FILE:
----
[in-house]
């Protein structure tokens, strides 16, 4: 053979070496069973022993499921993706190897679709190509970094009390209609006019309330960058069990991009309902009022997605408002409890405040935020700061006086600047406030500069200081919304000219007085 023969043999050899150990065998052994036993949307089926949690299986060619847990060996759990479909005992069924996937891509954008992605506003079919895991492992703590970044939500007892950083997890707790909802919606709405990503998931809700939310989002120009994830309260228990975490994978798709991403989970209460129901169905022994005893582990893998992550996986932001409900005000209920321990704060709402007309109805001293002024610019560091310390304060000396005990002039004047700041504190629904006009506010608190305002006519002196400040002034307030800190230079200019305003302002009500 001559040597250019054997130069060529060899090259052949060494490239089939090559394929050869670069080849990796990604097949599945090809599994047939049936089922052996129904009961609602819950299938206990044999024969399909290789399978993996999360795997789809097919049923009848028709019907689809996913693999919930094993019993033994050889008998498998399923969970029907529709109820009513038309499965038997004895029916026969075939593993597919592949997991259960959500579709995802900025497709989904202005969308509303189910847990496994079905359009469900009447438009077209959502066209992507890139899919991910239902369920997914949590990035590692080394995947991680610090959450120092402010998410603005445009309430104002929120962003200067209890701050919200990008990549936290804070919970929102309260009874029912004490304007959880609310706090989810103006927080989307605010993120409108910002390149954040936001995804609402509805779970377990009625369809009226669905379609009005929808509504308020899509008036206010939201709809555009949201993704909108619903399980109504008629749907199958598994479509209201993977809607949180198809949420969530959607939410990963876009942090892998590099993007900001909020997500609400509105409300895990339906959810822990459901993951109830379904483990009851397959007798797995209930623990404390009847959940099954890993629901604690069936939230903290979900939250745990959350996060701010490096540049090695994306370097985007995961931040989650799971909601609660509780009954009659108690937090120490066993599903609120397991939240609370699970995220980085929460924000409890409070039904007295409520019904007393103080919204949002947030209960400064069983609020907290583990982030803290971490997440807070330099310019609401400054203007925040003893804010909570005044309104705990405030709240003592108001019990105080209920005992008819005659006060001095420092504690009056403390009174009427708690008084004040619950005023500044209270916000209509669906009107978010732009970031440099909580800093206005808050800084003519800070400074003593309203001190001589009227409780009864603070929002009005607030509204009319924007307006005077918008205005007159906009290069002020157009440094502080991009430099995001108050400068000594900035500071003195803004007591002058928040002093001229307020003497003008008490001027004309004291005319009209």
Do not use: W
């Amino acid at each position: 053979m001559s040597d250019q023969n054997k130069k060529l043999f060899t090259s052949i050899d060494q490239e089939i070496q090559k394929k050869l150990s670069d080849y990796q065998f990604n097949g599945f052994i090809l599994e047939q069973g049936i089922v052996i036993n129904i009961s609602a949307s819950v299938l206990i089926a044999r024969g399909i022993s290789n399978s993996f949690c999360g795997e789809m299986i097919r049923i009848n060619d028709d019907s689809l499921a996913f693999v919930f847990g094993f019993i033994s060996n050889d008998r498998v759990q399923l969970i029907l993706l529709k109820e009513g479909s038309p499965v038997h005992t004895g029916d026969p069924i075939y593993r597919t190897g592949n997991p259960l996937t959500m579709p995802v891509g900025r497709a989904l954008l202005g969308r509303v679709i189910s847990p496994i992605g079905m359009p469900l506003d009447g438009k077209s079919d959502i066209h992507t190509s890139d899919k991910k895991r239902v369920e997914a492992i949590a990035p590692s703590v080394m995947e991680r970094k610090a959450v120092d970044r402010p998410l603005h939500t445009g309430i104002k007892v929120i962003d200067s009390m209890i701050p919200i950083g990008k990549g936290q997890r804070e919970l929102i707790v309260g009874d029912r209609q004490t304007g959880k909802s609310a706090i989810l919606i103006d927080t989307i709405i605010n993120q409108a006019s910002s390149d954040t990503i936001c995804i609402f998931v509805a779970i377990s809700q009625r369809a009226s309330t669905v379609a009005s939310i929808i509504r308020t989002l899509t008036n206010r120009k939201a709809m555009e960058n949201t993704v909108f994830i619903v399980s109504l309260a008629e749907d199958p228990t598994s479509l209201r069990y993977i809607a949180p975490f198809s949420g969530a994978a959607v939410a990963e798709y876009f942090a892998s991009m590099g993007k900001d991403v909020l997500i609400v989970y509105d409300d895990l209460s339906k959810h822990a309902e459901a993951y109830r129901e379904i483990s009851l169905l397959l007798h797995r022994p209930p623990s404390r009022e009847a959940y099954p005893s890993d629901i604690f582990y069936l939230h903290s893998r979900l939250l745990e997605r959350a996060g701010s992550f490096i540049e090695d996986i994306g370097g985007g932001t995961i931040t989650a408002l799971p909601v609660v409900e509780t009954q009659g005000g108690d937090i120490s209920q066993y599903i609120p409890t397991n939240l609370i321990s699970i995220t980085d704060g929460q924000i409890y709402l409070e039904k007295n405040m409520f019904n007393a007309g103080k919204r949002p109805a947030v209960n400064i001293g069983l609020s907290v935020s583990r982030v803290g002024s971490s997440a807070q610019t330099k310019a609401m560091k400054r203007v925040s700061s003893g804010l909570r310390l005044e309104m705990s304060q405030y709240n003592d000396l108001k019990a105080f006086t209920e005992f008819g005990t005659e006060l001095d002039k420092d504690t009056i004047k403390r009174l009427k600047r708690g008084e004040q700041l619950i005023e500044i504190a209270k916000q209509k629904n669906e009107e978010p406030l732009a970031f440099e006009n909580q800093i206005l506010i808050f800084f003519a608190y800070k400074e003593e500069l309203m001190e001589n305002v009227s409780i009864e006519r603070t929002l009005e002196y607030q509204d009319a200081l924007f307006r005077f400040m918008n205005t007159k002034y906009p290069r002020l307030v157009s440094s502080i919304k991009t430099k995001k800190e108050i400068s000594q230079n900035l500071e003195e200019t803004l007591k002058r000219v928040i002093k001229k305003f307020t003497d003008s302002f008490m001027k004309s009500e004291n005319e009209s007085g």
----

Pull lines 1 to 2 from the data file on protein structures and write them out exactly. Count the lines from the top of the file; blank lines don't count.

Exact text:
[in-house]
């Protein structure tokens, strides 16, 4: 053979070496069973022993499921993706190897679709190509970094009390209609006019309330960058069990991009309902009022997605408002409890405040935020700061006086600047406030500069200081919304000219007085 023969043999050899150990065998052994036993949307089926949690299986060619847990060996759990479909005992069924996937891509954008992605506003079919895991492992703590970044939500007892950083997890707790909802919606709405990503998931809700939310989002120009994830309260228990975490994978798709991403989970209460129901169905022994005893582990893998992550996986932001409900005000209920321990704060709402007309109805001293002024610019560091310390304060000396005990002039004047700041504190629904006009506010608190305002006519002196400040002034307030800190230079200019305003302002009500 001559040597250019054997130069060529060899090259052949060494490239089939090559394929050869670069080849990796990604097949599945090809599994047939049936089922052996129904009961609602819950299938206990044999024969399909290789399978993996999360795997789809097919049923009848028709019907689809996913693999919930094993019993033994050889008998498998399923969970029907529709109820009513038309499965038997004895029916026969075939593993597919592949997991259960959500579709995802900025497709989904202005969308509303189910847990496994079905359009469900009447438009077209959502066209992507890139899919991910239902369920997914949590990035590692080394995947991680610090959450120092402010998410603005445009309430104002929120962003200067209890701050919200990008990549936290804070919970929102309260009874029912004490304007959880609310706090989810103006927080989307605010993120409108910002390149954040936001995804609402509805779970377990009625369809009226669905379609009005929808509504308020899509008036206010939201709809555009949201993704909108619903399980109504008629749907199958598994479509209201993977809607949180198809949420969530959607939410990963876009942090892998590099993007900001909020997500609400509105409300895990339906959810822990459901993951109830379904483990009851397959007798797995209930623990404390009847959940099954890993629901604690069936939230903290979900939250745990959350996060701010490096540049090695994306370097985007995961931040989650799971909601609660509780009954009659108690937090120490066993599903609120397991939240609370699970995220980085929460924000409890409070039904007295409520019904007393103080919204949002947030209960400064069983609020907290583990982030803290971490997440807070330099310019609401400054203007925040003893804010909570005044309104705990405030709240003592108001019990105080209920005992008819005659006060001095420092504690009056403390009174009427708690008084004040619950005023500044209270916000209509669906009107978010732009970031440099909580800093206005808050800084003519800070400074003593309203001190001589009227409780009864603070929002009005607030509204009319924007307006005077918008205005007159906009290069002020157009440094502080991009430099995001108050400068000594900035500071003195803004007591002058928040002093001229307020003497003008008490001027004309004291005319009209």